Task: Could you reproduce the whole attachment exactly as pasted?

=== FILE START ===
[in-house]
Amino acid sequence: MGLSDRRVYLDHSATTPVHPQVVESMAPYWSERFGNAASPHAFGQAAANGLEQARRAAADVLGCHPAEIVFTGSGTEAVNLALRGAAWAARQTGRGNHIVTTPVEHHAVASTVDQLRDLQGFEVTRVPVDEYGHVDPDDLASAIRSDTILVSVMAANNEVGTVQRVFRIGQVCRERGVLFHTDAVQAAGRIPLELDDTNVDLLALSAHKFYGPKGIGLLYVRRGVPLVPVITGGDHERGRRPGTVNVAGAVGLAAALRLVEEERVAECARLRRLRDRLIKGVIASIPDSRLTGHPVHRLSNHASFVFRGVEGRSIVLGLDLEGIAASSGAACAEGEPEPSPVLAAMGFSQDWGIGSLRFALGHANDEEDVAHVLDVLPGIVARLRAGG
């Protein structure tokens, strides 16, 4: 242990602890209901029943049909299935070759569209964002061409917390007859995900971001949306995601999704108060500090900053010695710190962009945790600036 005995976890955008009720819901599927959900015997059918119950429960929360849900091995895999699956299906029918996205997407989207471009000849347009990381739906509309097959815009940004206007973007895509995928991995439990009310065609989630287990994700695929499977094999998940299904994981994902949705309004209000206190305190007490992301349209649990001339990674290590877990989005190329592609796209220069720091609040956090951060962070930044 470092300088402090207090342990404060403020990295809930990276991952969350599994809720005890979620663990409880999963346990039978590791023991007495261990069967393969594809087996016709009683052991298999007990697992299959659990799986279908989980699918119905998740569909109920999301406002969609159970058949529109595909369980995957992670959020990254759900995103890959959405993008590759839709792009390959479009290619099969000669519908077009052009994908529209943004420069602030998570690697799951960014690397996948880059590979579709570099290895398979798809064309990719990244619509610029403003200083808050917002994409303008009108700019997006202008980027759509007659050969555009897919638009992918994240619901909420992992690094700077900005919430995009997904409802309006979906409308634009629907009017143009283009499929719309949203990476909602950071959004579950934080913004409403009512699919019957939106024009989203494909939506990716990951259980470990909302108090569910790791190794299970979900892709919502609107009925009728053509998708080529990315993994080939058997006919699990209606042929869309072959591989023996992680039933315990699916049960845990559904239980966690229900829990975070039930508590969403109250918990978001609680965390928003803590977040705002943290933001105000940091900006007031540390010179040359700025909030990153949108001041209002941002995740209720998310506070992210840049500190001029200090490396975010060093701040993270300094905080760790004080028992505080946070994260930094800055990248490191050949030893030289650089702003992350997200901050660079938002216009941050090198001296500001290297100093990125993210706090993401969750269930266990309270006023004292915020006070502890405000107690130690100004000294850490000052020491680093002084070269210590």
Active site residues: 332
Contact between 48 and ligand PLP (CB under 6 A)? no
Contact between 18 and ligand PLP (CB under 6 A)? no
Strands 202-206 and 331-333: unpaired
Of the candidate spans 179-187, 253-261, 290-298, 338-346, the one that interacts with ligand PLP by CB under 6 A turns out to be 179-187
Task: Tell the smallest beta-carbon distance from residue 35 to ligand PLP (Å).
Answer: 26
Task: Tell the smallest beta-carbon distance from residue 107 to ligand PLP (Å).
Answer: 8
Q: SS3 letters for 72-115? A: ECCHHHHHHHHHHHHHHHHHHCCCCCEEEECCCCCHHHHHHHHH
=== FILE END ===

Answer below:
[in-house]
Amino acid sequence: MGLSDRRVYLDHSATTPVHPQVVESMAPYWSERFGNAASPHAFGQAAANGLEQARRAAADVLGCHPAEIVFTGSGTEAVNLALRGAAWAARQTGRGNHIVTTPVEHHAVASTVDQLRDLQGFEVTRVPVDEYGHVDPDDLASAIRSDTILVSVMAANNEVGTVQRVFRIGQVCRERGVLFHTDAVQAAGRIPLELDDTNVDLLALSAHKFYGPKGIGLLYVRRGVPLVPVITGGDHERGRRPGTVNVAGAVGLAAALRLVEEERVAECARLRRLRDRLIKGVIASIPDSRLTGHPVHRLSNHASFVFRGVEGRSIVLGLDLEGIAASSGAACAEGEPEPSPVLAAMGFSQDWGIGSLRFALGHANDEEDVAHVLDVLPGIVARLRAGG
């Protein structure tokens, strides 16, 4: 242990602890209901029943049909299935070759569209964002061409917390007859995900971001949306995601999704108060500090900053010695710190962009945790600036 005995976890955008009720819901599927959900015997059918119950429960929360849900091995895999699956299906029918996205997407989207471009000849347009990381739906509309097959815009940004206007973007895509995928991995439990009310065609989630287990994700695929499977094999998940299904994981994902949705309004209000206190305190007490992301349209649990001339990674290590877990989005190329592609796209220069720091609040956090951060962070930044 470092300088402090207090342990404060403020990295809930990276991952969350599994809720005890979620663990409880999963346990039978590791023991007495261990069967393969594809087996016709009683052991298999007990697992299959659990799986279908989980699918119905998740569909109920999301406002969609159970058949529109595909369980995957992670959020990254759900995103890959959405993008590759839709792009390959479009290619099969000669519908077009052009994908529209943004420069602030998570690697799951960014690397996948880059590979579709570099290895398979798809064309990719990244619509610029403003200083808050917002994409303008009108700019997006202008980027759509007659050969555009897919638009992918994240619901909420992992690094700077900005919430995009997904409802309006979906409308634009629907009017143009283009499929719309949203990476909602950071959004579950934080913004409403009512699919019957939106024009989203494909939506990716990951259980470990909302108090569910790791190794299970979900892709919502609107009925009728053509998708080529990315993994080939058997006919699990209606042929869309072959591989023996992680039933315990699916049960845990559904239980966690229900829990975070039930508590969403109250918990978001609680965390928003803590977040705002943290933001105000940091900006007031540390010179040359700025909030990153949108001041209002941002995740209720998310506070992210840049500190001029200090490396975010060093701040993270300094905080760790004080028992505080946070994260930094800055990248490191050949030893030289650089702003992350997200901050660079938002216009941050090198001296500001290297100093990125993210706090993401969750269930266990309270006023004292915020006070502890405000107690130690100004000294850490000052020491680093002084070269210590």
Active site residues: 332
Contact between 48 and ligand PLP (CB under 6 A)? no
Contact between 18 and ligand PLP (CB under 6 A)? no
Strands 202-206 and 331-333: unpaired
Of the candidate spans 179-187, 253-261, 290-298, 338-346, the one that interacts with ligand PLP by CB under 6 A turns out to be 179-187
Task: Tell the smallest beta-carbon distance from residue 35 to ligand PLP (Å).
Answer: 26
Task: Tell the smallest beta-carbon distance from residue 107 to ligand PLP (Å).
Answer: 8
Q: SS3 letters for 72-115? A: ECCHHHHHHHHHHHHHHHHHHCCCCCEEEECCCCCHHHHHHHHH